PTSD or post-traumatic stress disorder is a type of anxiety disorder that may develop after exposure to a traumatic event. Traumatic events that may trigger PTSD include violent personal assaults, natural or human-caused disasters, accidents, or military combat. It is not necessary that signs of PTSD should appear immediately following the traumatic event. According to National Institute of Mental Health, "Effective treatments for post-traumatic stress disorder are available, and research is yielding new, improved therapies that can help most people with PTSD and other anxiety disorders lead productive, fulfilling lives."
PTSD is not limited to soldiers who have seen combat--more than 7 million people in the U.S. suffer from the disorder, and a woman's risk of developing PTSD may be twice that of a man's. HHMI investigator Kerry Ressler and colleagues at Emory University and the University of Vermont have discovered that women with PTSD have high levels of a protein called pituitary adenylate cyclase activating polypeptide (PACAP) in their blood. Furthermore, a particular genetic mutation in the PACAP receptor gene also associates with PTSD risk in women. The preliminary results, reported in the February 24, 2011, issue of the journal Nature, could lead to the first blood test for susceptibility to PTSD and a better understanding of how to treat it.
"Understanding biomarkers and the biological mechanisms of psychological disorders is critical for prediction, understanding, and treatment of disorders such as PTSD.", Kerry J. Ressler.
Ressler and others in the field have struggled to identify reliable biomarkers - substances or biological compounds - that would help them predict a person's susceptibility to specific psychiatric disorders. "There remain no reliable biomarkers for most psychiatric disorders," says Ressler, an associate professor of psychiatry and behavioral sciences at the Yerkes National Primate Research Center and Emory University in Atlanta. "Understanding biomarkers and the biological mechanisms of psychological disorders is critical for prediction, understanding, and treatment of disorders such as PTSD."
Ressler and his collaborators initially used blood samples from a small group of 64 men and women who were part of a highly traumatized population known to be at risk for PTSD. When they compared the level of PACAP in the study's subjects, they found that women who had been diagnosed with or had symptoms of PTSD had higher levels of the peptide than women who had not been diagnosed with the disorder. But there was no association of PACAP levels with PTSD symptoms in men. A replication study focused on 74 additional traumatized women and also showed a clear association between those who had high PACAP levels and those who had signs of PTSD -- symptoms such as flashbacks to traumatic events, avoiding things that reminded them of the trauma, and physical indications of stress such as an increased startle response.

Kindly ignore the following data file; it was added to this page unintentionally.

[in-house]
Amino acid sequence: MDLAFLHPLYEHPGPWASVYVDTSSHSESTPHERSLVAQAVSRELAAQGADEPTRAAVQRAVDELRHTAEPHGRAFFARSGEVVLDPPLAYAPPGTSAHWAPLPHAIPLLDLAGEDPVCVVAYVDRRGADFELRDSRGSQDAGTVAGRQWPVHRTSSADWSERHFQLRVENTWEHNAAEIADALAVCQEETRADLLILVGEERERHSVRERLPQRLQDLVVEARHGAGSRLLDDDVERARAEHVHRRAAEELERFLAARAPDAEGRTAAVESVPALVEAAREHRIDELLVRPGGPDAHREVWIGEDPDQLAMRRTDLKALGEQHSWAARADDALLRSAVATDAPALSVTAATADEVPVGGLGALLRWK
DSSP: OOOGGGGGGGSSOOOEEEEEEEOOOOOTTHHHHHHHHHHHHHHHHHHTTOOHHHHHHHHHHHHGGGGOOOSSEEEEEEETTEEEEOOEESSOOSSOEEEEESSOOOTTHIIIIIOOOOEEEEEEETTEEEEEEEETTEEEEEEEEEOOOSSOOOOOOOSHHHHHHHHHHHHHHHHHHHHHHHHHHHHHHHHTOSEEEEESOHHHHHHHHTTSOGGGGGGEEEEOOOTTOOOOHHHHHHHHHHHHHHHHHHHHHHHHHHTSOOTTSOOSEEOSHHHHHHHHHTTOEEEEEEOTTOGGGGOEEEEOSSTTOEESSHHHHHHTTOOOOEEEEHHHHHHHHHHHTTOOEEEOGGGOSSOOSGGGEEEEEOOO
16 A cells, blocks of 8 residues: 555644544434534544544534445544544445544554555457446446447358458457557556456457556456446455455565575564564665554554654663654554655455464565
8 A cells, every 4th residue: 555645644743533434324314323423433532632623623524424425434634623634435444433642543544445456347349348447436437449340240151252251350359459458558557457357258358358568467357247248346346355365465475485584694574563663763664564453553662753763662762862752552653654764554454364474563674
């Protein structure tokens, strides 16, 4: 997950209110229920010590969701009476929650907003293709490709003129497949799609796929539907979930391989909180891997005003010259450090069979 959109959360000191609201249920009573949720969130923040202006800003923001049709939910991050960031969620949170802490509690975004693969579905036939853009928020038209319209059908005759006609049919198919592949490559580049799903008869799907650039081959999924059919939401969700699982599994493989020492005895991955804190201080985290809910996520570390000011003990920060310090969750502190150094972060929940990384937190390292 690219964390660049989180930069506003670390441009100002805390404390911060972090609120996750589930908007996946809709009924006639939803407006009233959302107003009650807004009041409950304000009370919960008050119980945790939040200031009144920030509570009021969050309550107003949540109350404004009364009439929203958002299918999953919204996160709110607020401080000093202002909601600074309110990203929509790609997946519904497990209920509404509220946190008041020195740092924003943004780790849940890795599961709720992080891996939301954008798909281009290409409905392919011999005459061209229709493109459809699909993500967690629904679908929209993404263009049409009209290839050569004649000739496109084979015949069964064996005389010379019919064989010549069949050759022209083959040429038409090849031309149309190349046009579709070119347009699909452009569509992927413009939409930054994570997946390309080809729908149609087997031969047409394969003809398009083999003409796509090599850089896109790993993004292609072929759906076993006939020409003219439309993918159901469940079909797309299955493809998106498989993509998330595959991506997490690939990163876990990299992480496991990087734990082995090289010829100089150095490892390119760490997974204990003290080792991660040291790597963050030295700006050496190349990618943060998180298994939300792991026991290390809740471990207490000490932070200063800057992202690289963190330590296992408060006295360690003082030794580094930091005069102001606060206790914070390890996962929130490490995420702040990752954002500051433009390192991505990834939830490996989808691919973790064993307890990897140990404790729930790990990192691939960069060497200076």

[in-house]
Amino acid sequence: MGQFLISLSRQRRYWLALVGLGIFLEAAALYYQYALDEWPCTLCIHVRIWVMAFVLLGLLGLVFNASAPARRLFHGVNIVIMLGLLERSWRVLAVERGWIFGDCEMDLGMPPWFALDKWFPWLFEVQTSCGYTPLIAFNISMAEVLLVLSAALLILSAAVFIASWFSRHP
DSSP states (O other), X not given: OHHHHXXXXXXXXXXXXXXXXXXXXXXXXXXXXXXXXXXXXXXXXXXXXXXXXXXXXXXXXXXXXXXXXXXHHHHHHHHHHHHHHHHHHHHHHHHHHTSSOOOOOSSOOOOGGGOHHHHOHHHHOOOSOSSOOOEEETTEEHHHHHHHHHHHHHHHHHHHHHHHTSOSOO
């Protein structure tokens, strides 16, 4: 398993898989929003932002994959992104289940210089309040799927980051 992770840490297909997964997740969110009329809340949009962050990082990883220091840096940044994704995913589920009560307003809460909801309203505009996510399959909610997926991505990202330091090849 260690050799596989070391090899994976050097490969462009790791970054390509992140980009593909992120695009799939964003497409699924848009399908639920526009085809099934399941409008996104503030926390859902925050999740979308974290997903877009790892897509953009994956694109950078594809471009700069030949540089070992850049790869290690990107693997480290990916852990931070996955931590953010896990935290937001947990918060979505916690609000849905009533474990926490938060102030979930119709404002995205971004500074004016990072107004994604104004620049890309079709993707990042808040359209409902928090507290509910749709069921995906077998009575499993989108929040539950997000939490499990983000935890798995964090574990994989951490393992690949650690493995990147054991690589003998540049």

"When we started this, we did not expect to see sex differences," Ressler says. "But in retrospect, it makes some sense." When the scientists looked at the underlying genetics in a larger population of more than 1200 at-risk individuals, they found a single nucleotide polymorphism or mutation that was associated with the presence of PTSD. The mutation appeared in a region of the PACAP receptor gene that is directly responsive to estrogen regulation. "Estrogen has been shown to alter the fear response in earlier literature. So one possible mechanism for this may be through the PACAP system," Ressler says.
To test their findings in animals, the researchers removed the ovaries from a group of female rats. This step ensured that the rats could not produce their own estrogen. Half of the rats were then given estrogen supplements, while the other half remained estrogen-free. The researchers found that the animals that had received estrogen replacements showed a significant increase in PACAP gene activity in areas of the brain that mediate fear, stress, and estrogen response. In an additional animal study, mice were trained to associate fear with specific auditory stimuli. During the period following the training, when the fear memories are encoded within the brain, there was an increase in PACAP receptor gene activity in the amygdala, the part of the brain most responsible for fear responses.
"These findings tell us that, like many complex medical diseases, a traumatized person can arrive at PTSD in different ways. PTSD and other psychiatric disorders probably share common pathways of brain dysfunction, and I think we're going to find that there are lots of ways to get there," Ressler says. Just as child abuse or high levels of prior trauma can increase risk, he says, "it appears that sex hormones are also going to be one of the many mediators that leads you down one path versus a different path in terms of risk."
The PACAP pathway is a new one for PTSD researchers, and one that bears close attention, Ressler says. "If this is replicated in larger samples, it may serve as a biomarker for PTSD. The more molecular tools we have to identify patients' differential risk, the better we'll be able to understand the pathogenesis of the disorder and to make predictions of trauma response, risk and treatment." Not only that, but if researchers could create a way to block the PACAP receptors, the results could lead to a potential new drug treatment for PTSD.
Ressler hopes to follow up on these findings to see how they apply to larger populations of both civilians and veterans alike, and also plans to study the genetics of 14,000 traumatized civilians, which will be the largest genomic study of PTSD to date.
Source: Howard Hughes Medical Institute